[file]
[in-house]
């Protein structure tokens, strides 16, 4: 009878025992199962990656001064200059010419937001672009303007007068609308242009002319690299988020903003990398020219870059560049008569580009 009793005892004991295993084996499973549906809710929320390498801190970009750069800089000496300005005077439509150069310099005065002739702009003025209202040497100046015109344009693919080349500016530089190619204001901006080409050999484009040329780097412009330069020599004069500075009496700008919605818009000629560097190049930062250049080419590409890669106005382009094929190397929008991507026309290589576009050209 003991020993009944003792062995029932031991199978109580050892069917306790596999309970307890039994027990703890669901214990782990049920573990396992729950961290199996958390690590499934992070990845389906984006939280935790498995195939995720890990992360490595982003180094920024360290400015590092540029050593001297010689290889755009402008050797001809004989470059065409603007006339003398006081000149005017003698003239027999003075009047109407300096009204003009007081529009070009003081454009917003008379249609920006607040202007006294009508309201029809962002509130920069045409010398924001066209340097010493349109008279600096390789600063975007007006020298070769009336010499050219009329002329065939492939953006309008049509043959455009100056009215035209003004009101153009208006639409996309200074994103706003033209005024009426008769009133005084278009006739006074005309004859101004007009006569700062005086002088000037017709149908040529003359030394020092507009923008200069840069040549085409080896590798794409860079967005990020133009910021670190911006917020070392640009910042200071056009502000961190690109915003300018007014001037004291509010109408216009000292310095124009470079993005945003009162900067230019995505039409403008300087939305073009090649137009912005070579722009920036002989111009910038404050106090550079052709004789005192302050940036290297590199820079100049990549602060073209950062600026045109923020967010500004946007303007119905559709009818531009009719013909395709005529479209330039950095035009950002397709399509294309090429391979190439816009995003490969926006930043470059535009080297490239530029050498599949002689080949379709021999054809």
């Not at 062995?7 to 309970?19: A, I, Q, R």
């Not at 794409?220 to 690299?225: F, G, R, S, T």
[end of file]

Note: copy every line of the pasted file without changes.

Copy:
[in-house]
């Protein structure tokens, strides 16, 4: 009878025992199962990656001064200059010419937001672009303007007068609308242009002319690299988020903003990398020219870059560049008569580009 009793005892004991295993084996499973549906809710929320390498801190970009750069800089000496300005005077439509150069310099005065002739702009003025209202040497100046015109344009693919080349500016530089190619204001901006080409050999484009040329780097412009330069020599004069500075009496700008919605818009000629560097190049930062250049080419590409890669106005382009094929190397929008991507026309290589576009050209 003991020993009944003792062995029932031991199978109580050892069917306790596999309970307890039994027990703890669901214990782990049920573990396992729950961290199996958390690590499934992070990845389906984006939280935790498995195939995720890990992360490595982003180094920024360290400015590092540029050593001297010689290889755009402008050797001809004989470059065409603007006339003398006081000149005017003698003239027999003075009047109407300096009204003009007081529009070009003081454009917003008379249609920006607040202007006294009508309201029809962002509130920069045409010398924001066209340097010493349109008279600096390789600063975007007006020298070769009336010499050219009329002329065939492939953006309008049509043959455009100056009215035209003004009101153009208006639409996309200074994103706003033209005024009426008769009133005084278009006739006074005309004859101004007009006569700062005086002088000037017709149908040529003359030394020092507009923008200069840069040549085409080896590798794409860079967005990020133009910021670190911006917020070392640009910042200071056009502000961190690109915003300018007014001037004291509010109408216009000292310095124009470079993005945003009162900067230019995505039409403008300087939305073009090649137009912005070579722009920036002989111009910038404050106090550079052709004789005192302050940036290297590199820079100049990549602060073209950062600026045109923020967010500004946007303007119905559709009818531009009719013909395709005529479209330039950095035009950002397709399509294309090429391979190439816009995003490969926006930043470059535009080297490239530029050498599949002689080949379709021999054809």
């Not at 062995?7 to 309970?19: A, I, Q, R």
């Not at 794409?220 to 690299?225: F, G, R, S, T």